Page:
Your cat could be trying to “hold” or “grab” you, but they don’t have opposable thumbs so they use the next best thing right after paws; their teeth!
5- Over Stimulation
Cats are particularly sensitive creatures, however, we’re not talking about the emotional meaning of the word rather than the sensory aspect of the situation.
Your cat is constantly subjected to external stimuli, from sounds to visuals, all day long. This makes them quite prone to getting overstimulated as they become overwhelmed by too much exposure to intense stimuli.
In such a case, your touch and cuddles are the last things your cat needs (or even wants), so when you go ahead and make contact, you push them to act out in an effort to stop the extensive stimulation. Acting out may take form in “love” bites.
If you’re wondering how you’re supposed to know when that’ll happen, we’ll tell you that it mostly shows in your feline’s posture and attitude. Overstimulated cats often flick their tails, tuck their ears back and sideways, or have their bodies tensed up.
6- Hyperesthesia Syndrome
If overstimulation seems to be a likely reason for your cat’s behavior, you should definitely have your pet checked out for Hyperesthesia Syndrome, especially if biting occurs suddenly yet on a regular basis.
Feline Hyperesthesia Syndrome, otherwise known as rolling skin disease, is a neurological condition affecting domestic cats. It’s characterized by episodes of agitation (biting and scratching) and skin rippling when touched.
You could be causing you furball pain without even realizing it.
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7- Seeking Comfort
If your cat is on the younger side of the age spectrum, there are times when it’ll become anxious and in need of comfort. Kittens usually turn to their mothers for such demands, but if she’s out of the picture, their human becomes their sanctuary.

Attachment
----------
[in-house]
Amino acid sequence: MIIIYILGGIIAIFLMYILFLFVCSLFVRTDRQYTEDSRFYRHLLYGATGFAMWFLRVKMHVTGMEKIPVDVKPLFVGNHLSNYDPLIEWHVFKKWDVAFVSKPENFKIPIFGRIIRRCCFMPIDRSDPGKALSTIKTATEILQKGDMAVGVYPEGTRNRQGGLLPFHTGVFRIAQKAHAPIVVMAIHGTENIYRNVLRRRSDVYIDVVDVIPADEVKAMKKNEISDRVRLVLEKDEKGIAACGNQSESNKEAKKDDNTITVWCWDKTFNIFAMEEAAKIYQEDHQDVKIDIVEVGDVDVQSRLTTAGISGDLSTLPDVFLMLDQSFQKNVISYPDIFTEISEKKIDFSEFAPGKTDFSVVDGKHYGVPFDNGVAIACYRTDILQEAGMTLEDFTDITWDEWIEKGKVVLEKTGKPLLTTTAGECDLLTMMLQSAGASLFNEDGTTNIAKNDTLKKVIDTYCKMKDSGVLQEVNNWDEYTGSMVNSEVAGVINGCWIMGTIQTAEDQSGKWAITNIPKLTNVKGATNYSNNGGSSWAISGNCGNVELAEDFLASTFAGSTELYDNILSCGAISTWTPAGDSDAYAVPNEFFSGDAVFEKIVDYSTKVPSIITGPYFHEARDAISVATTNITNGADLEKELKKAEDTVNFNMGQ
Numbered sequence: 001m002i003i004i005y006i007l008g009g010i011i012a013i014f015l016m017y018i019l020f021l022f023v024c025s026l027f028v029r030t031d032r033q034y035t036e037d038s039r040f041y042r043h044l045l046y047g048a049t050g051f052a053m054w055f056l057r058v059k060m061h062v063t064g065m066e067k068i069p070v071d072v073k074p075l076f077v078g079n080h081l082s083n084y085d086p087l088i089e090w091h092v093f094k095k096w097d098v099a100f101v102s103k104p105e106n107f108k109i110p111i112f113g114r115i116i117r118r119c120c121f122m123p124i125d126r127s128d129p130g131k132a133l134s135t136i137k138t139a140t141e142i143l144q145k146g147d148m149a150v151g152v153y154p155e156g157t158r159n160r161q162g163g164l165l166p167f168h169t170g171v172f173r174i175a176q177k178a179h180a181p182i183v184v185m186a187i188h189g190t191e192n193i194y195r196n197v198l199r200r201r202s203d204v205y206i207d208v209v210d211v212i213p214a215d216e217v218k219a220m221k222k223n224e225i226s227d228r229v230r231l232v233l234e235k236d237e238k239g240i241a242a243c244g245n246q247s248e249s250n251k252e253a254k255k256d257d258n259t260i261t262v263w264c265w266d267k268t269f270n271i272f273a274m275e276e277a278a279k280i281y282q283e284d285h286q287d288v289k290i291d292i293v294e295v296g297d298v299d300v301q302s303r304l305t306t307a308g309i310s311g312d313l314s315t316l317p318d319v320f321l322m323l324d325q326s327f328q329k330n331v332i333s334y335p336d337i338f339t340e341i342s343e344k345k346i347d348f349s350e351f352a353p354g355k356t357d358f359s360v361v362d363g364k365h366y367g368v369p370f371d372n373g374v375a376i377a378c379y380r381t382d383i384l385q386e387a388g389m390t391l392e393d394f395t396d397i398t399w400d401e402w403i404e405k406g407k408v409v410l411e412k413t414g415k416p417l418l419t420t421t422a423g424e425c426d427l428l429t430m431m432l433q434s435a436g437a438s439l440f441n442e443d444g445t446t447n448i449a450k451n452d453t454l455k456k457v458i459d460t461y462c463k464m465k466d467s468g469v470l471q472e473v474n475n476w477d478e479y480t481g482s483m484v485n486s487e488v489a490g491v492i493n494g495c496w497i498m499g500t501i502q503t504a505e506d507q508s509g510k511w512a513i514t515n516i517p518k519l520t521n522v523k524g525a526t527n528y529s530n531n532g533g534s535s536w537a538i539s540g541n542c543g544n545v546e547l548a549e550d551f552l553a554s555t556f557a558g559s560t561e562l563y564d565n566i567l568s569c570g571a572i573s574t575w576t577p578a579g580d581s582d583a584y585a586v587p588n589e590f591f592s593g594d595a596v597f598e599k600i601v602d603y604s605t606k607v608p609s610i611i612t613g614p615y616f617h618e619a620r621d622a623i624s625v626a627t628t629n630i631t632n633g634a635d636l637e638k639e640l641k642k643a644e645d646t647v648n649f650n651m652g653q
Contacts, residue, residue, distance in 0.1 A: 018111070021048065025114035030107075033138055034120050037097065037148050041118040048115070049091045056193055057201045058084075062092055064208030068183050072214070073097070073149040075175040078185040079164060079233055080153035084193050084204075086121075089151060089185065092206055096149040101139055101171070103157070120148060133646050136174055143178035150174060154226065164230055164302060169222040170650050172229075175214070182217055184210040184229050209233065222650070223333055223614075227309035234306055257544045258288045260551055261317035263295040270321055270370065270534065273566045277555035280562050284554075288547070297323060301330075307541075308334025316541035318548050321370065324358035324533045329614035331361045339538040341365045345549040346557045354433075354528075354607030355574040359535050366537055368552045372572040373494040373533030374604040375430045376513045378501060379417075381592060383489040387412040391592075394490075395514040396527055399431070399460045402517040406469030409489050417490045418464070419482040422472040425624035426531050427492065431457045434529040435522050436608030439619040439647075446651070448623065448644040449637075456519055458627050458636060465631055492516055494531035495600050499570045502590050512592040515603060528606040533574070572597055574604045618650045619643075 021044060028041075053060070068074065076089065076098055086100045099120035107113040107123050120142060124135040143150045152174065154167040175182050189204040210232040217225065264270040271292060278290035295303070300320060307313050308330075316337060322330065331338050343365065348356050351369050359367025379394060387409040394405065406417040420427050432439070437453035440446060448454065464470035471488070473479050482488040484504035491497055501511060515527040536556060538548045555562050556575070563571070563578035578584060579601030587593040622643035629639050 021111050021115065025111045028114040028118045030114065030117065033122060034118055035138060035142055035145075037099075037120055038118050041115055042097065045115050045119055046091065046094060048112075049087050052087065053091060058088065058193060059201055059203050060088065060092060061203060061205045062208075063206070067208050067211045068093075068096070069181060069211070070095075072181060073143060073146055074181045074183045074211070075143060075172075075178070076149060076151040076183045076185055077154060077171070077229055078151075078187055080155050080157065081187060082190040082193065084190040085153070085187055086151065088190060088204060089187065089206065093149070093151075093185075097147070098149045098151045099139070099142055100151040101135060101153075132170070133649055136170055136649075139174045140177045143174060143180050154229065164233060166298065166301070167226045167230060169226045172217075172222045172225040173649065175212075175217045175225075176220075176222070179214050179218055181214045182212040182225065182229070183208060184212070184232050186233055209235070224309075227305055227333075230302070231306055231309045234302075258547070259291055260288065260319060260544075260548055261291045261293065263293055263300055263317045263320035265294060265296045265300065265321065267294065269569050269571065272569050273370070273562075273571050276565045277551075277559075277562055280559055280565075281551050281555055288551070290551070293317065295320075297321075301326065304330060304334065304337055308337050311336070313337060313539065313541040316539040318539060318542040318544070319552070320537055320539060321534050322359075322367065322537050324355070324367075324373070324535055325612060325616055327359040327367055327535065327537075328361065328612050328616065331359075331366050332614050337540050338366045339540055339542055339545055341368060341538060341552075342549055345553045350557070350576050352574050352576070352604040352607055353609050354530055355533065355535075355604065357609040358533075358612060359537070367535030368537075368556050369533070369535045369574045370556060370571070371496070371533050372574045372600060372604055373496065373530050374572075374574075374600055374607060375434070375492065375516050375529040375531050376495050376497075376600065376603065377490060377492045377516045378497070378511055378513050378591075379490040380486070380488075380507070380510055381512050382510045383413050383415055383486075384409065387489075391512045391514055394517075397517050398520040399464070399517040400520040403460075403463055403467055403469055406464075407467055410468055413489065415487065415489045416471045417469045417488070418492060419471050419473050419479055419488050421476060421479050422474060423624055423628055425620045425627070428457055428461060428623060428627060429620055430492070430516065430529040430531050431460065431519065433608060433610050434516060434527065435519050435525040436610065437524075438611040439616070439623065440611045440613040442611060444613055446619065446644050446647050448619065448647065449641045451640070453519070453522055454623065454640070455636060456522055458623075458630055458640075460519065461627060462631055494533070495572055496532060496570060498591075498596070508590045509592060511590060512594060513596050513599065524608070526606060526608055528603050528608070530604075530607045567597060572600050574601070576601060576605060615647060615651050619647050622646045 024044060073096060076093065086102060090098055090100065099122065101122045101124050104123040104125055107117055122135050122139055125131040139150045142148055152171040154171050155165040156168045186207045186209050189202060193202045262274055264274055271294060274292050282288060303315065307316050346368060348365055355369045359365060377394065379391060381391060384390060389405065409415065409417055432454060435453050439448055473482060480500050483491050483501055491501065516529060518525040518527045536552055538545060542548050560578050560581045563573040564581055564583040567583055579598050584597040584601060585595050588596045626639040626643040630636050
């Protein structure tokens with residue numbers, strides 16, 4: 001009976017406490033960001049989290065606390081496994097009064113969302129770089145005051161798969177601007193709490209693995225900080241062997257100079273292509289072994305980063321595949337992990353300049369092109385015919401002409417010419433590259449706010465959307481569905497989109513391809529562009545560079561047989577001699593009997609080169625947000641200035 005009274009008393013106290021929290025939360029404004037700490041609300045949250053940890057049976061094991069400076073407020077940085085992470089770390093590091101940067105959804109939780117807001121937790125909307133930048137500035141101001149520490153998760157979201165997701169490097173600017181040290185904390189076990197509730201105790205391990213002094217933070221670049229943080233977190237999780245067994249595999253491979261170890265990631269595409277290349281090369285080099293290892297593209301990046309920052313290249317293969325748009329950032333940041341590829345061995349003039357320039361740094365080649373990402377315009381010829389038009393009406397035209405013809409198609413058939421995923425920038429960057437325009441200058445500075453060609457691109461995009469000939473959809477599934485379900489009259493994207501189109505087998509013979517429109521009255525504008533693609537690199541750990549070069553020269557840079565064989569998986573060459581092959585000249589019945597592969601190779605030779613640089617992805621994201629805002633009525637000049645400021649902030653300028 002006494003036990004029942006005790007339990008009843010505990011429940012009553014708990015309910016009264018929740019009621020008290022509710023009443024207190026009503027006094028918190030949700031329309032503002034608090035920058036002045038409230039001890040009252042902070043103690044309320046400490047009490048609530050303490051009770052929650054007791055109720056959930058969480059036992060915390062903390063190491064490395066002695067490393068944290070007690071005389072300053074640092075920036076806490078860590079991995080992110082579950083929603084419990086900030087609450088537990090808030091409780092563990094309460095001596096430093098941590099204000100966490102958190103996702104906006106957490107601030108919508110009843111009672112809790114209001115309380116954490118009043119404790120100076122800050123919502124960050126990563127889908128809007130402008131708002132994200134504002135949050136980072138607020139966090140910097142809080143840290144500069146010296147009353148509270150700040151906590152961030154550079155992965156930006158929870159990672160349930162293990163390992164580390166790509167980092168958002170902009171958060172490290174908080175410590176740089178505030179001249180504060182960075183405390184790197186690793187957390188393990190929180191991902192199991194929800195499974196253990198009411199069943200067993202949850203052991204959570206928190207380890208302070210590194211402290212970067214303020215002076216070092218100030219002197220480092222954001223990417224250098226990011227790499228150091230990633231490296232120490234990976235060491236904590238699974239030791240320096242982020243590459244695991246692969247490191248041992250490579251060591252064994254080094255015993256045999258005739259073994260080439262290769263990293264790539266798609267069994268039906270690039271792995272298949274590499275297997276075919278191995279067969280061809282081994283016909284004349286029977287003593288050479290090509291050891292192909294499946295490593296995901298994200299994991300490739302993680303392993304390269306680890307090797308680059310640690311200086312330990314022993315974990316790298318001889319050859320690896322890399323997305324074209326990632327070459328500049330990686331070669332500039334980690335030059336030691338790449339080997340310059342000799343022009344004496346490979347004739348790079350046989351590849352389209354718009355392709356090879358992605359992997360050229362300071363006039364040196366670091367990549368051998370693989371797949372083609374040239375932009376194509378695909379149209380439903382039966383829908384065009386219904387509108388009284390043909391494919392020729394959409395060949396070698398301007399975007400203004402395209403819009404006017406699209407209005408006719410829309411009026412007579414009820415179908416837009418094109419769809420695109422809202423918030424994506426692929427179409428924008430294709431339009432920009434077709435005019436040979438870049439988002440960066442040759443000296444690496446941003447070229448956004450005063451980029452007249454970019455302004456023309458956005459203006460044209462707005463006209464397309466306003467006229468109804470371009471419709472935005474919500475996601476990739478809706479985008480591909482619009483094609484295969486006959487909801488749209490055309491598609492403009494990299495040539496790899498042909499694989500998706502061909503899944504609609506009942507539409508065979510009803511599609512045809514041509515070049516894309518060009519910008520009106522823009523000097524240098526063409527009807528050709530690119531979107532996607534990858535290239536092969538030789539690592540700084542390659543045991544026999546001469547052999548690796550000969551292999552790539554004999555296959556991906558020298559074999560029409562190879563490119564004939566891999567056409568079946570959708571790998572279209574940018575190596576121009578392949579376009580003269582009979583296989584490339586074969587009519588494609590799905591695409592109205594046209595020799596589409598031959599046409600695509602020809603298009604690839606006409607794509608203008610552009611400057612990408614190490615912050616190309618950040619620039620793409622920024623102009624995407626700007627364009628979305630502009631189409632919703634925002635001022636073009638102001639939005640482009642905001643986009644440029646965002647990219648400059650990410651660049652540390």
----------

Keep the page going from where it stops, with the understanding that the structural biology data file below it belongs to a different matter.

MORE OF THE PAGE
A kitten will nibble on your skin to sort of mimic the act of feeding on its mother, making them feel safe and comfortable. Sometimes older cats share this behavior if they’re very nervous.
8- Petting-Induced Aggression
How would you feel if someone just keeps rubbing part of your back over and over again? Would you feel frustrated? Irritated? Or perhaps you’d get straight-up angry? This picture should give you a pretty good idea of what petting-induced aggression is all about.
Cats have varying opinions when it comes to all the touching and hugging you want to give. Some cats love being held and cuddled, others are willing to go with it just for your sake, and a few don’t stand petting one bit.
That being said, petting-induced aggression can happen to any feline once they’ve had it. For cats, cuddling and stroking may start out pleasant but quickly turn into an annoying experience that should be stopped on the spot. This may explain sudden love bites that are typically not so loving.
9- Marking their Territory
Cats are notorious for being exceptionally territorial animals. It’s part of their feline nature where they feel the need to mark their possessions to fend off other intruders.
If you notice that your cat started exhibiting the biting behavior around the same time you had a new pet addition to the family, it may just be the territorial instinct kicking in.
Also, if you’ve been hanging around other cats, your paw buddy will be able to catch their scents, so it’ll nibble on your skin to spread its own smell over your body.
Think of it as their way of letting other animals know that you’re already taken.
Lastly, your cat may be biting you while bearing good intentions as peaceful as cleaning you up! This actually makes sense because cats are the epitome of maintaining self-hygiene.
While cuddling, your cat can smell any lingering food scent, mistake it for you being dirty, and then proceed to lick you clean where some love bites are bound to appear.
There you have it, 10 possible reasons why cats bite while cuddling. While some of them are harmless acts of affection or fun, others are more serious and call for intervention. However, it’s up to you to decide whether the love bites should stop or not.
If you choose to end this behavior, remember to apply positive reinforcement methods only where you use treats as rewards for appropriate actions.
I’ve been living with cats since 2008 and I can confidently say I have more feline friends than humans lol. I currently live with 5 cats in different life stages; two of them are less than one year old, one is 2-ish years old and the oldest two are 9-ish years old. I’ve developed a strong bond with cats over the years and I’m eager to share my experience through this blog. You can learn more about my cats here.